War in Ukraine: Latest developments | Inquirer News

War in Ukraine: Latest developments

/ 01:48 PM June 22, 2022
Russia's war in Ukraine

A destroyed tank is pictured in the village of Novoselivka, outside Chernigiv, on June 21, 2022, amid the Russian invasion of Ukraine. AFP

KYIV — Here are the latest developments in the war in Ukraine:

Lithuania faces ‘serious’ fallout from rail ban: Russia

Russia’s security council chief Nikolai Patrushev warns European Union and NATO member Lithuania of “serious” consequences over its decision to ban the rail transit of goods that are subject to EU sanctions between mainland Russia and Kaliningrad, a Russian region wedged between Lithuania and Poland.


He says retaliatory steps “will be taken in the near future” and says they will have a “serious negative impact” on Lithuania.

Lithuania argues that it is merely doing its duty by implementing EU sanctions.


No EU opposition to Ukraine candidacy

EU ministers back granting Ukraine “candidate status” to join the bloc, ahead of a summit expected to formally greenlight the move, France’s Europe minister says.

Clement Beaune says after a meeting with his counterparts that there was “a total consensus on moving these issues forward, and in particular for Ukraine the possibility of confirming candidate status as soon as possible”.

Eastern city suffers ‘catastrophic’ shelling

Ukraine says Russian shelling has caused “catastrophic destruction” in the eastern industrial city of Lysychansk, which lies just across a river from Severodonetsk where Russian and Ukrainian troops have been locked in battle for weeks.

Regional governor Sergiy Gaiday says that non-stop shelling of Lysychansk on Monday destroyed 10 residential blocks and a police station, killing at least one person.

He adds that “fierce fighting” is ongoing at the Azot chemical plant in Severodonetsk where hundreds of civilians are believed to be sheltering.

Ukraine gets advanced German weapons

Ukraine says it has “finally” deployed an advanced German artillery system, in the latest delivery of the long-range, precision weapons that it has been begging for.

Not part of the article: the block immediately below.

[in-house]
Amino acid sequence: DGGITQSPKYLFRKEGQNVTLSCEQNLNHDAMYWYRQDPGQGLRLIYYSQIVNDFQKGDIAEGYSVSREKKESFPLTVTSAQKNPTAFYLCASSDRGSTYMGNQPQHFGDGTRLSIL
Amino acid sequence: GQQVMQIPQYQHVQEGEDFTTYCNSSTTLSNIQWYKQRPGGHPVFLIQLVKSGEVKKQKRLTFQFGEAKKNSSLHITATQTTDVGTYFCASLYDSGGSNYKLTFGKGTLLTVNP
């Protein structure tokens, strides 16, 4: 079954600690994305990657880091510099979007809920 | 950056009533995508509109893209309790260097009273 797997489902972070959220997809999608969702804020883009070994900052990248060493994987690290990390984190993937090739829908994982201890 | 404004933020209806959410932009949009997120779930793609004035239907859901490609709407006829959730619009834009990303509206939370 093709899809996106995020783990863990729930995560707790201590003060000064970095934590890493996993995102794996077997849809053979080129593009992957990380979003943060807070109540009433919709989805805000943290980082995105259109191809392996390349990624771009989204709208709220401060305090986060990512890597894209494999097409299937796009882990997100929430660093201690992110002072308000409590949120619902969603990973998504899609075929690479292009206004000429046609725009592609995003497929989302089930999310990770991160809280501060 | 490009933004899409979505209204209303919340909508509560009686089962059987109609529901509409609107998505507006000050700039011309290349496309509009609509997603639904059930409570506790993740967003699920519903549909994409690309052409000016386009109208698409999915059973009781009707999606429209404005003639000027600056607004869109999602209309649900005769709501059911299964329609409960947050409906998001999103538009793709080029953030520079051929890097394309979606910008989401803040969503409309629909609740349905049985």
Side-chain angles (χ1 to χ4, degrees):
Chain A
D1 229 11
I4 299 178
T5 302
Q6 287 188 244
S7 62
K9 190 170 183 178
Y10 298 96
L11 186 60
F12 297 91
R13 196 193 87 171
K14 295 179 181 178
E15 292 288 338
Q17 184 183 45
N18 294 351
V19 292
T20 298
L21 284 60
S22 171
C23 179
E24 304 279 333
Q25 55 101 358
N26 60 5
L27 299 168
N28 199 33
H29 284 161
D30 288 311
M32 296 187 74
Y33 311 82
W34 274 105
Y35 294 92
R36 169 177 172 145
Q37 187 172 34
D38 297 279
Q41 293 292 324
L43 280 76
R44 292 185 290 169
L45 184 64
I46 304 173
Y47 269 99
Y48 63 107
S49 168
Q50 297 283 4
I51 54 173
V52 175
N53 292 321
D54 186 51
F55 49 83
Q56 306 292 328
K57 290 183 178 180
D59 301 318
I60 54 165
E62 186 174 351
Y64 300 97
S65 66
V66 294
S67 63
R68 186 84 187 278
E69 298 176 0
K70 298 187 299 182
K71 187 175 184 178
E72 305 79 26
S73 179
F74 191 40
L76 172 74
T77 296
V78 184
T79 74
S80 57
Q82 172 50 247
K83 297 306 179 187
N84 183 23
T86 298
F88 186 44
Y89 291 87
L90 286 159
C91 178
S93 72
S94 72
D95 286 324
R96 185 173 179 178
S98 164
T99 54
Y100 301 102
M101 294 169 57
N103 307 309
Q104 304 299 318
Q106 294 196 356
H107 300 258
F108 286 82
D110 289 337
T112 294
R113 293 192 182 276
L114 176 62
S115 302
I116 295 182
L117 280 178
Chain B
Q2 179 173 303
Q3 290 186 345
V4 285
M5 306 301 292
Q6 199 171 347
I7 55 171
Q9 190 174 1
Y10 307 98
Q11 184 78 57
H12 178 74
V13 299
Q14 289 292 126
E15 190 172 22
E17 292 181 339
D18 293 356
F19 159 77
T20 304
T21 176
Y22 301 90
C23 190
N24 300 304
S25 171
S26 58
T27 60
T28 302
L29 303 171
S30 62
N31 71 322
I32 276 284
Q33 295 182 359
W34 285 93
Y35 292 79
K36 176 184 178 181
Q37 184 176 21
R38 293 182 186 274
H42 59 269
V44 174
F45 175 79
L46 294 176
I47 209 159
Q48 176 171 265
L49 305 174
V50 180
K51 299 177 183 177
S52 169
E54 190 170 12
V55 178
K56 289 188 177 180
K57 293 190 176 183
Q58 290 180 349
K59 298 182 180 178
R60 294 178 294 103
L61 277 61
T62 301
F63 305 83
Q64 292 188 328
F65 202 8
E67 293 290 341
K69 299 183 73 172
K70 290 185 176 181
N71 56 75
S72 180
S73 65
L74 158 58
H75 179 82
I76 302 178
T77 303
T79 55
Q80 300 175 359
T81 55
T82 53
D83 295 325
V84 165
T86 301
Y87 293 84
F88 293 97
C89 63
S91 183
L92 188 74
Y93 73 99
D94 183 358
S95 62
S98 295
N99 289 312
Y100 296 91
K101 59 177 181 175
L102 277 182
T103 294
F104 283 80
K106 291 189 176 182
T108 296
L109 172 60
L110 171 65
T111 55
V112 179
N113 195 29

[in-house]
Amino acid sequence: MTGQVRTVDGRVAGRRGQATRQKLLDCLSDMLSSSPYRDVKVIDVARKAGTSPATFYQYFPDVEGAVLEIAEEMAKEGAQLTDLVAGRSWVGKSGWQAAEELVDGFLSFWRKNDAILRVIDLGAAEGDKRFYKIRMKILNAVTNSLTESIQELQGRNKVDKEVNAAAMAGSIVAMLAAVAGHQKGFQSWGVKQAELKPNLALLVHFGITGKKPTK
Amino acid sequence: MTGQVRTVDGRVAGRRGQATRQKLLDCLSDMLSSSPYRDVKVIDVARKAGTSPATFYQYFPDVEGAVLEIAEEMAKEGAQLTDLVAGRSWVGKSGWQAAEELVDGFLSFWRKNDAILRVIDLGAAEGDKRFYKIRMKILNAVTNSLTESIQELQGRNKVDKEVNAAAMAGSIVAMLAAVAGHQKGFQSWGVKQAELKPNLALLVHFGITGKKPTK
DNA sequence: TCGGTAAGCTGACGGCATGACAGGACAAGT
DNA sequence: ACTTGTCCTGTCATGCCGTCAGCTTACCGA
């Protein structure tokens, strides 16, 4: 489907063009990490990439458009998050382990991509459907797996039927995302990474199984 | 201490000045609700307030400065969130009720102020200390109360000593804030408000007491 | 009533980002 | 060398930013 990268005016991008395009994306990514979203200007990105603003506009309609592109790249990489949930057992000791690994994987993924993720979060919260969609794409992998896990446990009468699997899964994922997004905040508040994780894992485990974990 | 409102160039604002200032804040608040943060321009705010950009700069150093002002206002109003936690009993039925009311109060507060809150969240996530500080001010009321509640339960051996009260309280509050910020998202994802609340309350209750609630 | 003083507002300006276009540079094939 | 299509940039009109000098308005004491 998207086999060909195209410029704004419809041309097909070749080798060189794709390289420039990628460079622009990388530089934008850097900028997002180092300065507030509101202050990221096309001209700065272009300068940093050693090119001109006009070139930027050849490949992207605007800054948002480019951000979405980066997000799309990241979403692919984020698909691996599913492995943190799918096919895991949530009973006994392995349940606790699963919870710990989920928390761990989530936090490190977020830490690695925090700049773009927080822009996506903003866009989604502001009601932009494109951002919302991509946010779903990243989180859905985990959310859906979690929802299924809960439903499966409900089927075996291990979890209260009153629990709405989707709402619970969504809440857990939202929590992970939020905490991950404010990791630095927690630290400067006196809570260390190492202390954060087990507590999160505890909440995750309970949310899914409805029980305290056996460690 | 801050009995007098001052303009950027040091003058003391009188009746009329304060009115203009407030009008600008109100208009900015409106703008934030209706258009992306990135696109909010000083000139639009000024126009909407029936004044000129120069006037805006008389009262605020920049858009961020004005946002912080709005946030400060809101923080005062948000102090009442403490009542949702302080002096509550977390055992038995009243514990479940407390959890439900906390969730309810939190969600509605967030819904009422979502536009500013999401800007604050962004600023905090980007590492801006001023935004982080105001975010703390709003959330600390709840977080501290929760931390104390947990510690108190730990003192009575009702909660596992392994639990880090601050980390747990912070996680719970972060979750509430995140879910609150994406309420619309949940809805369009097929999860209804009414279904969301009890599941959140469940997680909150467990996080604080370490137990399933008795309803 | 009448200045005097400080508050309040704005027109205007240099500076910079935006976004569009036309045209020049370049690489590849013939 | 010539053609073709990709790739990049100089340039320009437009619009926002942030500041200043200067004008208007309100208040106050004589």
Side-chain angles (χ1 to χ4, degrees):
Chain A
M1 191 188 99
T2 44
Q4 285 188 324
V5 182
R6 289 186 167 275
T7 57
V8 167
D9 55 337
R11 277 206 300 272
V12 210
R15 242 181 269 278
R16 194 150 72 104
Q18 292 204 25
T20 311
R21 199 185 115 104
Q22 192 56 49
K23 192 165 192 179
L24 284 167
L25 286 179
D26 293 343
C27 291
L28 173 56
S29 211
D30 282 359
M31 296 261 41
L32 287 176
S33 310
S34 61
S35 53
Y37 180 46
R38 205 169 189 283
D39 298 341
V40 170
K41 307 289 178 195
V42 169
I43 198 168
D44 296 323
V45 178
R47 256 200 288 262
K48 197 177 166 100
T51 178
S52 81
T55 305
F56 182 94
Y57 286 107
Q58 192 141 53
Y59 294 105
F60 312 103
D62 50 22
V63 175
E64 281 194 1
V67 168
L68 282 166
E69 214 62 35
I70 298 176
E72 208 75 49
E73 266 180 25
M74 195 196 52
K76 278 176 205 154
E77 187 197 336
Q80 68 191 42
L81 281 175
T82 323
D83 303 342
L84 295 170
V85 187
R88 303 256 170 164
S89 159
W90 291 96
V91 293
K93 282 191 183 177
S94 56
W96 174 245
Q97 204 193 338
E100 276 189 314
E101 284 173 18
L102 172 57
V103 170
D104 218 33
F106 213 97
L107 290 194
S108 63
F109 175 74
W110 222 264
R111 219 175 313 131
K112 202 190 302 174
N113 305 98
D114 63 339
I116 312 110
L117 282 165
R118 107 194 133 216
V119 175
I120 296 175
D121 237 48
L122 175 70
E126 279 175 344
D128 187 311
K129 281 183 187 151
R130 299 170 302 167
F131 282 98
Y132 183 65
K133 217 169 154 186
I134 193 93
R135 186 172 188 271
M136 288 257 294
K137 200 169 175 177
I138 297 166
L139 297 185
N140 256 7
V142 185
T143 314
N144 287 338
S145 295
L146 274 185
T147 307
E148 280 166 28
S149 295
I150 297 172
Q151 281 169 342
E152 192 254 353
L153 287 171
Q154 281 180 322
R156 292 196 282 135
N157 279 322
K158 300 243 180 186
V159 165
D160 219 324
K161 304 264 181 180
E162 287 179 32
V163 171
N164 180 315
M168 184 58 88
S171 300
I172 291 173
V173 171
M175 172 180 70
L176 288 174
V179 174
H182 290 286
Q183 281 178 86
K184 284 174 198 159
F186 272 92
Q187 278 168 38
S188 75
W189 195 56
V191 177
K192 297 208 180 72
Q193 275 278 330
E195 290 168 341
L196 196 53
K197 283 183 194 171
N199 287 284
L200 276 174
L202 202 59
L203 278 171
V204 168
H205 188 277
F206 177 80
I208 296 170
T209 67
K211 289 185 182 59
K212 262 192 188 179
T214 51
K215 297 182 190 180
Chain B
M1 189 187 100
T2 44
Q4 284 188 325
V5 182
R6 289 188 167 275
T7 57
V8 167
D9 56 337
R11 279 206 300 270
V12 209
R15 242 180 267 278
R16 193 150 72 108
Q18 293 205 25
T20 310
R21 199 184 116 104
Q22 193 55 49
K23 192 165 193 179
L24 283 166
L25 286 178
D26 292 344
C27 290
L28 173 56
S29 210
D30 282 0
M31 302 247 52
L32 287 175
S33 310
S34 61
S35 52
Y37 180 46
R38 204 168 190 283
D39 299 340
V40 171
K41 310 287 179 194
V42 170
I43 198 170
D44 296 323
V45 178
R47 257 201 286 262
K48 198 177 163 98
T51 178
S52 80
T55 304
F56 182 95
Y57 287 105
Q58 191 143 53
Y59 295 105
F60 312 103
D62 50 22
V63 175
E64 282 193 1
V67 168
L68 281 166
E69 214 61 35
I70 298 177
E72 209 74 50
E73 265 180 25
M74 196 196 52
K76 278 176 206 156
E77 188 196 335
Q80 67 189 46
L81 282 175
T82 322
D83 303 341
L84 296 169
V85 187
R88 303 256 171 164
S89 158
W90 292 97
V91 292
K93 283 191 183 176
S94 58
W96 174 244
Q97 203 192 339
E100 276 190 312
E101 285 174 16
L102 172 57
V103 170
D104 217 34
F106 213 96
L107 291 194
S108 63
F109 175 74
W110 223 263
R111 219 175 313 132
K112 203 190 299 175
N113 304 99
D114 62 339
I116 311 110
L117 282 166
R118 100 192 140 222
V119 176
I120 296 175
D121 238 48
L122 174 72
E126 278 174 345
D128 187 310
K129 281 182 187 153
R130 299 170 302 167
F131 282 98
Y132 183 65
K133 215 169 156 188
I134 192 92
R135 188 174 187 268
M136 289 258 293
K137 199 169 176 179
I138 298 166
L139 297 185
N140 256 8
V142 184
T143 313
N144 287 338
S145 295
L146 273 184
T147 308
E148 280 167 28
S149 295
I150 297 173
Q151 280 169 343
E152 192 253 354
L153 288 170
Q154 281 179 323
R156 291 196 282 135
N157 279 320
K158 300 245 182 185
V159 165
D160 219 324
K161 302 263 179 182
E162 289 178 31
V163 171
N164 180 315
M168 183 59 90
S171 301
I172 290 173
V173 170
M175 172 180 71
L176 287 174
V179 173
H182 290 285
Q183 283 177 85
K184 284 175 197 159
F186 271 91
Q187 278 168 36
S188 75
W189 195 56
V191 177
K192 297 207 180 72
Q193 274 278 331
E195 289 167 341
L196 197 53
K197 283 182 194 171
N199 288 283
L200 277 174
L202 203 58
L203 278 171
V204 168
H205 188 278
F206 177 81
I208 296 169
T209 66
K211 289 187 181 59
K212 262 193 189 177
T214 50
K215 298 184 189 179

“Panzerhaubitze 2000 are finally part of 155 mm howitzer arsenal of the Ukrainian artillery,” Ukrainian Defense Minister Oleksiy Reznikov writes on social media.


Germany said last month it would send seven self-propelled howitzers to Ukraine, ramping up Western deliveries of heavy weapons to help Kyiv try to defend the eastern Donbas region.

US justice chief vows help on war crimes

US Attorney General Merrick Garland pledges during a visit to Ukraine to help prosecute war crimes committed since the Russian invasion.

“The United States is sending an unmistakable message — there is no place to hide,” Garland says. “We and our partners will pursue every avenue available to ensure that those who are responsible for these atrocities are held accountable.”

Kyiv says it has identified thousands of suspected war crimes, including the suspected murder of scores of civilians in Bucha, just outside the Ukrainian capital.

Second American killed in Ukraine

The United States confirms that a second American was killed fighting for Ukraine, amid worries over two other US citizens captured battling Russia.

The State Department said that 52-year-old Stephen Zabielski died in Ukraine and that it was providing his family with consular assistance, reiterating that US citizens should not travel to Ukraine due to the war.

In April, a 22-year-old former marine Willy Cancel was killed in Ukraine.

Russia is accusing two other Americans captured while fighting alongside Ukrainian forces of being mercenaries and demanding they be “held accountable”.

Russian journalist auctions Nobel medal

A leading Russian journalist raises $103.5 million for children displaced by the war by auctioning off his Nobel Peace Prize gold medal in New York.

Dmitry Muratov, editor-in-chief of the investigative newspaper Novaya Gazeta, won the Nobel prize last year, together with journalist Maria Ressa of the Philippines, for his three-decade fight for freedom of expression.

In March, Novaya Gazeta suspended operations after Moscow passed a law providing for tough jail terms against anyone criticising Russia’s invasion of Ukraine.


Germany risks recession as Russian gas crisis deepens

Turkish team to discuss Black Sea grain corridor in Russia this week—sources

Estonia protests to Russia over airspace violation as Baltic tensions rise

Lithuanians near Kaliningrad put faith in Nato after Russia’s threats

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TAGS: Conflict, Lithuania, Russia-Ukraine war
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